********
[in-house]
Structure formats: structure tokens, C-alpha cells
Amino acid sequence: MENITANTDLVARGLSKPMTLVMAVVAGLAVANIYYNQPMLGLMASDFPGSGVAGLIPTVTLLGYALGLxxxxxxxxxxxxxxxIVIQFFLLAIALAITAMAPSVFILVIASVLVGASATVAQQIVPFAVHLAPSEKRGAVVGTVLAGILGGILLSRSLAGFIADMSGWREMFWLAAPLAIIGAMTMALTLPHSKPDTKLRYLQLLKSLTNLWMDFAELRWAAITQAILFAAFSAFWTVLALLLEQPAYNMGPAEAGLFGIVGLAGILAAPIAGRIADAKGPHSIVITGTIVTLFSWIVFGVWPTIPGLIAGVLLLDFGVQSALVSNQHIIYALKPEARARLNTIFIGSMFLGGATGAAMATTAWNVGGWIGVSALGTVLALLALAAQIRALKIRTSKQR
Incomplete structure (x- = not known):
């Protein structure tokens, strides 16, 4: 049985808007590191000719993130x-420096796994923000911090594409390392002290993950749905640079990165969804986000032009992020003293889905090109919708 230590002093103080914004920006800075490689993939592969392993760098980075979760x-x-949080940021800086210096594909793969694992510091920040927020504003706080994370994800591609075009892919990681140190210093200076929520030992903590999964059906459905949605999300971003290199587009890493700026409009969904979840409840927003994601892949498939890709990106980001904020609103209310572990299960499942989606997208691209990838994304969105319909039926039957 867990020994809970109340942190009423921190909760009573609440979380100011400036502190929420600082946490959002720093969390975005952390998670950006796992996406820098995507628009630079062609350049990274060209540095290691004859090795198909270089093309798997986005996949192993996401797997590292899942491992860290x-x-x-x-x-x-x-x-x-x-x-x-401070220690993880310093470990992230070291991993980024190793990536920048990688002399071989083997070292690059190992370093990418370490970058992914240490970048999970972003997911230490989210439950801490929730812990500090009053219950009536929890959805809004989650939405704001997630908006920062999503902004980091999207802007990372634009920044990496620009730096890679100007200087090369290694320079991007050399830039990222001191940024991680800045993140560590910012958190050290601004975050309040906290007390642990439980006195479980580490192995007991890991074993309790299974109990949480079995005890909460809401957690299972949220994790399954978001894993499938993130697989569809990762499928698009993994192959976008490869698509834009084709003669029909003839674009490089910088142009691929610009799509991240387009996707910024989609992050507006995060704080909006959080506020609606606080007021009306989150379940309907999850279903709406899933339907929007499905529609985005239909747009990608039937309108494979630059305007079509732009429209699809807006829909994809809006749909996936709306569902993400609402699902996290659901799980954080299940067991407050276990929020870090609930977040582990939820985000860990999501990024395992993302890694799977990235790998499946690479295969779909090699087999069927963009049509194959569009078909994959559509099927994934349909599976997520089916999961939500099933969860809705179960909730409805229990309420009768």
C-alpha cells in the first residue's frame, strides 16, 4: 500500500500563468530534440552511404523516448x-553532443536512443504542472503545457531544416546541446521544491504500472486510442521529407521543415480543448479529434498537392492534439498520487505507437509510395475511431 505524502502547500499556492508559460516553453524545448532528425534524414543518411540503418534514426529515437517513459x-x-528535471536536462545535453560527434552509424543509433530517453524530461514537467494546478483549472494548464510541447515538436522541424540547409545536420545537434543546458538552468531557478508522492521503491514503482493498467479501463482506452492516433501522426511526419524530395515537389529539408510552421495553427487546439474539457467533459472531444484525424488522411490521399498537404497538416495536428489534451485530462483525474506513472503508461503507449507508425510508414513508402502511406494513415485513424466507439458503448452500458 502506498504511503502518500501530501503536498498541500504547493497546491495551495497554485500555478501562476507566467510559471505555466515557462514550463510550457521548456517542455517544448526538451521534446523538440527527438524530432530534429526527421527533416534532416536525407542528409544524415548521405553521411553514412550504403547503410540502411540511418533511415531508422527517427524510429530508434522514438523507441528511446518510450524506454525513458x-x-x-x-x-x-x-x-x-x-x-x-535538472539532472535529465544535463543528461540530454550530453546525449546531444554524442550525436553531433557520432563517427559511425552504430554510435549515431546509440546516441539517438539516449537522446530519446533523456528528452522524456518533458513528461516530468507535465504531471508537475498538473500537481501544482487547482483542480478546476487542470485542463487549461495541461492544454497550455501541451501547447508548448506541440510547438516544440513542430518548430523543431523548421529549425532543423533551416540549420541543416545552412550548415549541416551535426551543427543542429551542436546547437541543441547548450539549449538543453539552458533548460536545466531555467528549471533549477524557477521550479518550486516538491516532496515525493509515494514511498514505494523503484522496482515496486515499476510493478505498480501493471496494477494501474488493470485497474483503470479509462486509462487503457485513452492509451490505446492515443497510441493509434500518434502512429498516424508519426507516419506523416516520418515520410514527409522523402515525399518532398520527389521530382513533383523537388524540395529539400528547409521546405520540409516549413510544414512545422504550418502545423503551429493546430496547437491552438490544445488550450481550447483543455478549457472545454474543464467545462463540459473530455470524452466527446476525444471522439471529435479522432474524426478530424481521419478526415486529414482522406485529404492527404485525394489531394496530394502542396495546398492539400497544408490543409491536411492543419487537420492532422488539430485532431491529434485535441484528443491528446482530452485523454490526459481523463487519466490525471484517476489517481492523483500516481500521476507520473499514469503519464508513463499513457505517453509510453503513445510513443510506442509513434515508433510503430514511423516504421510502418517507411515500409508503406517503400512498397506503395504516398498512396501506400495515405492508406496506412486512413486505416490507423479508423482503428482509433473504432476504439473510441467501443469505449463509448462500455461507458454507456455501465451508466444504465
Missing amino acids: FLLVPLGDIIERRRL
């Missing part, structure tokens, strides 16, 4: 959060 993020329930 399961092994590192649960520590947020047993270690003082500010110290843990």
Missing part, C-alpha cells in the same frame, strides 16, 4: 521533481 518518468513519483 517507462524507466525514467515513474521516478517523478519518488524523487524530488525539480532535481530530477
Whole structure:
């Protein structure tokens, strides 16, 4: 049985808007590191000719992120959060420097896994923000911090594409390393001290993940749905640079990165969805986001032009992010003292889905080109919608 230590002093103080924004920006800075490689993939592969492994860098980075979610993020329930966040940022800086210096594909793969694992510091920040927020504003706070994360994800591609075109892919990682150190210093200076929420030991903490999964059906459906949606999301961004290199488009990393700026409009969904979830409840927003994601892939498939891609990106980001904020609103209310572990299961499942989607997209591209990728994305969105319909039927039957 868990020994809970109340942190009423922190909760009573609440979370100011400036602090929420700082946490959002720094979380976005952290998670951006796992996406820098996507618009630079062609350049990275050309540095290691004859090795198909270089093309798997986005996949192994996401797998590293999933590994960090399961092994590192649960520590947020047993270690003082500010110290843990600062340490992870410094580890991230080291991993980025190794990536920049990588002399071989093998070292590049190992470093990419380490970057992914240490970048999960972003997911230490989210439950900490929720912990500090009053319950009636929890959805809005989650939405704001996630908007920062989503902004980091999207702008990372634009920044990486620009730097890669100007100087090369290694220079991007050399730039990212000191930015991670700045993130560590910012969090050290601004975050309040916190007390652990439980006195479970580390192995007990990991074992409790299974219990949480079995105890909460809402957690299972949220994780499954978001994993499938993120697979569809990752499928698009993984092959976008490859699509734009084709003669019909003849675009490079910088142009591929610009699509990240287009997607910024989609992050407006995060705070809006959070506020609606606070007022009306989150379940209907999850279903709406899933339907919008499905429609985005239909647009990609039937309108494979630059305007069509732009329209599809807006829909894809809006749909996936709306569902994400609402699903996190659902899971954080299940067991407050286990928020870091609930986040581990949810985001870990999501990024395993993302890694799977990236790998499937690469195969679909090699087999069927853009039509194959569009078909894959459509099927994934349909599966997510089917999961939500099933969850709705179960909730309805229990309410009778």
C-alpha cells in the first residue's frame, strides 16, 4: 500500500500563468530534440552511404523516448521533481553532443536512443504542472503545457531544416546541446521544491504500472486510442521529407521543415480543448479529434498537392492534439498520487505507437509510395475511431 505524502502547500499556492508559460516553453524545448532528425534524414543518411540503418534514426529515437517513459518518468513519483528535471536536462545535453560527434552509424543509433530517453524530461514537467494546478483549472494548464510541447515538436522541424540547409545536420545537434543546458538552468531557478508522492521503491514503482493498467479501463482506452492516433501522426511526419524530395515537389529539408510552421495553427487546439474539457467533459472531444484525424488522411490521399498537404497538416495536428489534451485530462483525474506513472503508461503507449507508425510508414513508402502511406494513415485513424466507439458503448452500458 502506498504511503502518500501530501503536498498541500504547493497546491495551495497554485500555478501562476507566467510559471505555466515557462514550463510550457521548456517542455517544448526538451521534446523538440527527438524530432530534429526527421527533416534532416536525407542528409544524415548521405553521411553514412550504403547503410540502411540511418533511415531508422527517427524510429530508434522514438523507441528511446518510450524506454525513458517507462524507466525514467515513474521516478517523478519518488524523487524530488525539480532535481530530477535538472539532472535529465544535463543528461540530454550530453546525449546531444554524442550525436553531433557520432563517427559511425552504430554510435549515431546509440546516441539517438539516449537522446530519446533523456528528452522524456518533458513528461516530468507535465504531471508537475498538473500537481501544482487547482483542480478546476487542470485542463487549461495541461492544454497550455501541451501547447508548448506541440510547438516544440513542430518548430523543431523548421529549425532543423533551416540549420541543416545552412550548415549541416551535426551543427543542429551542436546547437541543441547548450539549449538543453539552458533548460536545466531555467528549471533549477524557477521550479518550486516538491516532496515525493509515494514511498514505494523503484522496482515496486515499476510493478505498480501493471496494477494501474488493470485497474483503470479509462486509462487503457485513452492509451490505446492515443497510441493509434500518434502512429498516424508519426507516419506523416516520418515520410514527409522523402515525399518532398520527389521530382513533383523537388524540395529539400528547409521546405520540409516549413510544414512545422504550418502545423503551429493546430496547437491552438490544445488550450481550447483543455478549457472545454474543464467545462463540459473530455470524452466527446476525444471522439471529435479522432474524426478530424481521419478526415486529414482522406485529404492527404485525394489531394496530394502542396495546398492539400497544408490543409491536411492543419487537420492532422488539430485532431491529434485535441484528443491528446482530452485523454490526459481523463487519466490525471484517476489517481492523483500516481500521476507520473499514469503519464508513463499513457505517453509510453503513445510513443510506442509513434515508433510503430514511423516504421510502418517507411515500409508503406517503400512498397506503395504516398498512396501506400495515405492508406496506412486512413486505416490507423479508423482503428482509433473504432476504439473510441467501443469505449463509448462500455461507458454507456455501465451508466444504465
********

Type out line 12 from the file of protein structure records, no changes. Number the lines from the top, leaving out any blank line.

C-alpha cells in the first residue's frame, strides 16, 4: 500500500500563468530534440552511404523516448521533481553532443536512443504542472503545457531544416546541446521544491504500472486510442521529407521543415480543448479529434498537392492534439498520487505507437509510395475511431 505524502502547500499556492508559460516553453524545448532528425534524414543518411540503418534514426529515437517513459518518468513519483528535471536536462545535453560527434552509424543509433530517453524530461514537467494546478483549472494548464510541447515538436522541424540547409545536420545537434543546458538552468531557478508522492521503491514503482493498467479501463482506452492516433501522426511526419524530395515537389529539408510552421495553427487546439474539457467533459472531444484525424488522411490521399498537404497538416495536428489534451485530462483525474506513472503508461503507449507508425510508414513508402502511406494513415485513424466507439458503448452500458 502506498504511503502518500501530501503536498498541500504547493497546491495551495497554485500555478501562476507566467510559471505555466515557462514550463510550457521548456517542455517544448526538451521534446523538440527527438524530432530534429526527421527533416534532416536525407542528409544524415548521405553521411553514412550504403547503410540502411540511418533511415531508422527517427524510429530508434522514438523507441528511446518510450524506454525513458517507462524507466525514467515513474521516478517523478519518488524523487524530488525539480532535481530530477535538472539532472535529465544535463543528461540530454550530453546525449546531444554524442550525436553531433557520432563517427559511425552504430554510435549515431546509440546516441539517438539516449537522446530519446533523456528528452522524456518533458513528461516530468507535465504531471508537475498538473500537481501544482487547482483542480478546476487542470485542463487549461495541461492544454497550455501541451501547447508548448506541440510547438516544440513542430518548430523543431523548421529549425532543423533551416540549420541543416545552412550548415549541416551535426551543427543542429551542436546547437541543441547548450539549449538543453539552458533548460536545466531555467528549471533549477524557477521550479518550486516538491516532496515525493509515494514511498514505494523503484522496482515496486515499476510493478505498480501493471496494477494501474488493470485497474483503470479509462486509462487503457485513452492509451490505446492515443497510441493509434500518434502512429498516424508519426507516419506523416516520418515520410514527409522523402515525399518532398520527389521530382513533383523537388524540395529539400528547409521546405520540409516549413510544414512545422504550418502545423503551429493546430496547437491552438490544445488550450481550447483543455478549457472545454474543464467545462463540459473530455470524452466527446476525444471522439471529435479522432474524426478530424481521419478526415486529414482522406485529404492527404485525394489531394496530394502542396495546398492539400497544408490543409491536411492543419487537420492532422488539430485532431491529434485535441484528443491528446482530452485523454490526459481523463487519466490525471484517476489517481492523483500516481500521476507520473499514469503519464508513463499513457505517453509510453503513445510513443510506442509513434515508433510503430514511423516504421510502418517507411515500409508503406517503400512498397506503395504516398498512396501506400495515405492508406496506412486512413486505416490507423479508423482503428482509433473504432476504439473510441467501443469505449463509448462500455461507458454507456455501465451508466444504465